Local legislation proposed by the Elmore County Commission was recently passed by the Alabama Legislature.

State lawmakers approved a 15% levelized lodging tax and gave the county sheriff the ability to sell legal firearms to licensed gun dealers in the state, Elmore County chief engineer and operations officer Richie Beyer announced at Monday’s commission meeting.“Everything we offered up has passed,” Beyer said. 

State lawmakers also approved the transfer of license division duties from the probate office to the revenue commission before the current legislative session was altered due to COVID-19.

Beyer said the bills are waiting to be signed in to law by Gov. Kay Ivey.

“I think transfer from the probate office to the revenue commission will go in effect July,” he said. “The other two will go into effect as soon as Gov. Ivey signs those. It was a successful legislative session for Elmore County.”

Beyer also informed the commission of the state’s plan to use an estimated estimated $7.76 million to reimburse counties for various preparation and election expenses related to the coronavirus. 

The plan includes $6.5 million from a federal COVID-19 bill and $1.2 million in state matching funds.

“The funds is there to make sure election workers and facilities are COVID-19-ready in terms of necessary (personal protection equipment) and to have provisions there to protect the public, too,” Beyer said. 

He said the Elmore County Emergency Management Agency, county chief financial officer, probate judge, elections and commission offices have met to discuss how to approach the July elections.

“We will meet again to discuss what will be put in place at the polls,” he said.

Beyer said the county has to turn in its reimbursement request to the state a month before the day of the elections to be considered for funding.

“There is also additional pay in there for the people working the polls,” Beyer said.

Beyer’s report to the commission stated the county has saved $674,000 in energy costs the past 30 months.

Beyer said the county revamped its energy usage plan after an audit found areas where the county could make upgrades to save money.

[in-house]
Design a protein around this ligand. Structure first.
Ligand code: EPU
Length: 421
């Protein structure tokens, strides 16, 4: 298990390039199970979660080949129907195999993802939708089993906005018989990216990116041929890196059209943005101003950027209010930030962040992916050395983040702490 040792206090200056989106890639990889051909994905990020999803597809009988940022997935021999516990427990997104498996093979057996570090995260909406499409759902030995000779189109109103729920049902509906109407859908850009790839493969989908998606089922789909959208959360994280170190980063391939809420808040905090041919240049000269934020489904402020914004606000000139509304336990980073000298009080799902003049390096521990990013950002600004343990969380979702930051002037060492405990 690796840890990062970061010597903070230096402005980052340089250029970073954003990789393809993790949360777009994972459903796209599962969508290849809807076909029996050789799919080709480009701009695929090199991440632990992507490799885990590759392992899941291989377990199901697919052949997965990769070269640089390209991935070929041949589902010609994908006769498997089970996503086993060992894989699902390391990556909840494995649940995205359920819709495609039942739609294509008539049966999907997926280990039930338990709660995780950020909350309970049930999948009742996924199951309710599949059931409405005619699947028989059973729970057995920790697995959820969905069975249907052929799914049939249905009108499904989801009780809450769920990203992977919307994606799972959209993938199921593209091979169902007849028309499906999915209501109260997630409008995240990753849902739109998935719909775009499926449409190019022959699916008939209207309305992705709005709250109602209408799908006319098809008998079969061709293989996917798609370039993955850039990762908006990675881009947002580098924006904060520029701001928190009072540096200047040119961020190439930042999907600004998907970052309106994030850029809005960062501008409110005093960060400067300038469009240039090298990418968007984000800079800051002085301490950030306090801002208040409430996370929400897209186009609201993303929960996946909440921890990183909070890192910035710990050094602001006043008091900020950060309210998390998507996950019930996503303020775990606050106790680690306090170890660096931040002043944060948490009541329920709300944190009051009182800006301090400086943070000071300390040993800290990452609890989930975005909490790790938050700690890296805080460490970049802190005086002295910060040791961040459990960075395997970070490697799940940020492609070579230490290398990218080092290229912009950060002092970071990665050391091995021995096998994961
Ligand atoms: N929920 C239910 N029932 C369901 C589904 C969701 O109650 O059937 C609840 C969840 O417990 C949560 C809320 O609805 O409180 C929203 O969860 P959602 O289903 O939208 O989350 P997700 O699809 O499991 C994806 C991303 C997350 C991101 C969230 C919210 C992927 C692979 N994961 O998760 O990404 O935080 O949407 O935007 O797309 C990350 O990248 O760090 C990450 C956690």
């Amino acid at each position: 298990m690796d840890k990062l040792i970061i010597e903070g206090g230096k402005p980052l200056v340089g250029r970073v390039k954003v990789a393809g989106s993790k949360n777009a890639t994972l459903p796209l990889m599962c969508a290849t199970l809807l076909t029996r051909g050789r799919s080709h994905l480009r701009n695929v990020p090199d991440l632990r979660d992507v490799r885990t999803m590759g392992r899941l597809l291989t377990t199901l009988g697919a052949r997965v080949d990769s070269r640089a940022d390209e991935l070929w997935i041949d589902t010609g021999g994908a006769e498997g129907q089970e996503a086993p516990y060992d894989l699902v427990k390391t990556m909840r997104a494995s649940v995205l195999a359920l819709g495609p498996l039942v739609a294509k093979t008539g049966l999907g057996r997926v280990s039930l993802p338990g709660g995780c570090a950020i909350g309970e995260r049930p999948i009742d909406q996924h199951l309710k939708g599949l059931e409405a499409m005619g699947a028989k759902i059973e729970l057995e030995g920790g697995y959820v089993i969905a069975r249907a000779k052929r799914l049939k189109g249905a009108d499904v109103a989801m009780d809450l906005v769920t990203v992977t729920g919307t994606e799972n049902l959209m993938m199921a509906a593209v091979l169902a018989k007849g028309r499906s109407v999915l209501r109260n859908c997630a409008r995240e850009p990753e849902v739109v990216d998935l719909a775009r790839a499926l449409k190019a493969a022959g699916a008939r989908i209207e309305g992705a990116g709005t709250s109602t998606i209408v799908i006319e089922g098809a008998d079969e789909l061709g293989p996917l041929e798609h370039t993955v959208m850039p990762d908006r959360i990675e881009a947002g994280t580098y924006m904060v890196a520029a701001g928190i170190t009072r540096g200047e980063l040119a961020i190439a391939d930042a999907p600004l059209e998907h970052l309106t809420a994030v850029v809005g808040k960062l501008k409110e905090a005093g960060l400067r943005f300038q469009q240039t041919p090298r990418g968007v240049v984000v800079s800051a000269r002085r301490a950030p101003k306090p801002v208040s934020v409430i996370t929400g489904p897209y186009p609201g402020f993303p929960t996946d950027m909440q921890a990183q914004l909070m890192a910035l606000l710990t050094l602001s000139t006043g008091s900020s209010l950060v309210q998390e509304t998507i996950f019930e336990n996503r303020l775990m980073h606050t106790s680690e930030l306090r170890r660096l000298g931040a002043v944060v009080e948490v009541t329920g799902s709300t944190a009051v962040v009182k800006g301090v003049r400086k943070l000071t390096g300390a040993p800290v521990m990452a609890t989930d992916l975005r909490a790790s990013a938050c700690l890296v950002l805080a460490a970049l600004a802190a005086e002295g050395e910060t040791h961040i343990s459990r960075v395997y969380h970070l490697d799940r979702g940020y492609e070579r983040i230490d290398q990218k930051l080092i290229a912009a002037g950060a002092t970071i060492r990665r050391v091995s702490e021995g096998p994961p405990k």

“We had a $4,000,000 energy savings budget,” he said. “The company we worked with actually gave a guarantee of the savings. We have taken the energy savings to pay for capital outlay. 

We borrowed enough money through the bond market to do the project and the intention is the energy savings every year is what is paying the bond.”

Beyer said the county estimated its savings at this point in the project would add up to $600,000.

“We’ve freed up an additional $74,000 in savings,” he said.

The commission approved a proclamation designating May as foster parent appreciation month.

Elmore County Department of Human Resources director Michelle Wood said she appreciates the commission recognizing foster parents.

“We’ve done the proclamation the past few years,” she said. “We do it in the month of May because it is National Foster Care Appreciation Month. We appreciate the effort of local government and we want the proclamation out there to bring awareness.”

Wood said the county has 68 foster care children in its care right now.

“The number has been pretty steady the past few years,” she said. “It’s fluctuated between 62 and 72 children the past year.” 

She said DHR is in need of more foster care families and is looking at holding a series of foster classes beginning June.

“If anybody is interested in becoming a foster parent, they can call the office at 334-514-3200,” she said.

In other action, the commission:

• Unanimously approved the vacation of an unnamed right of way off Tyler Road in the Coosa Ridge subdivision

• Unanimously approved the minutes from the April 28 commission meeting

• Unanimously approved the memorandum of warrants for April 22-May 5

• Unanimously approved the commission chairman and CEOO to sign agreements for the relocation of utilities for a planned roundabout at the intersection of Redland Road and Firetower Road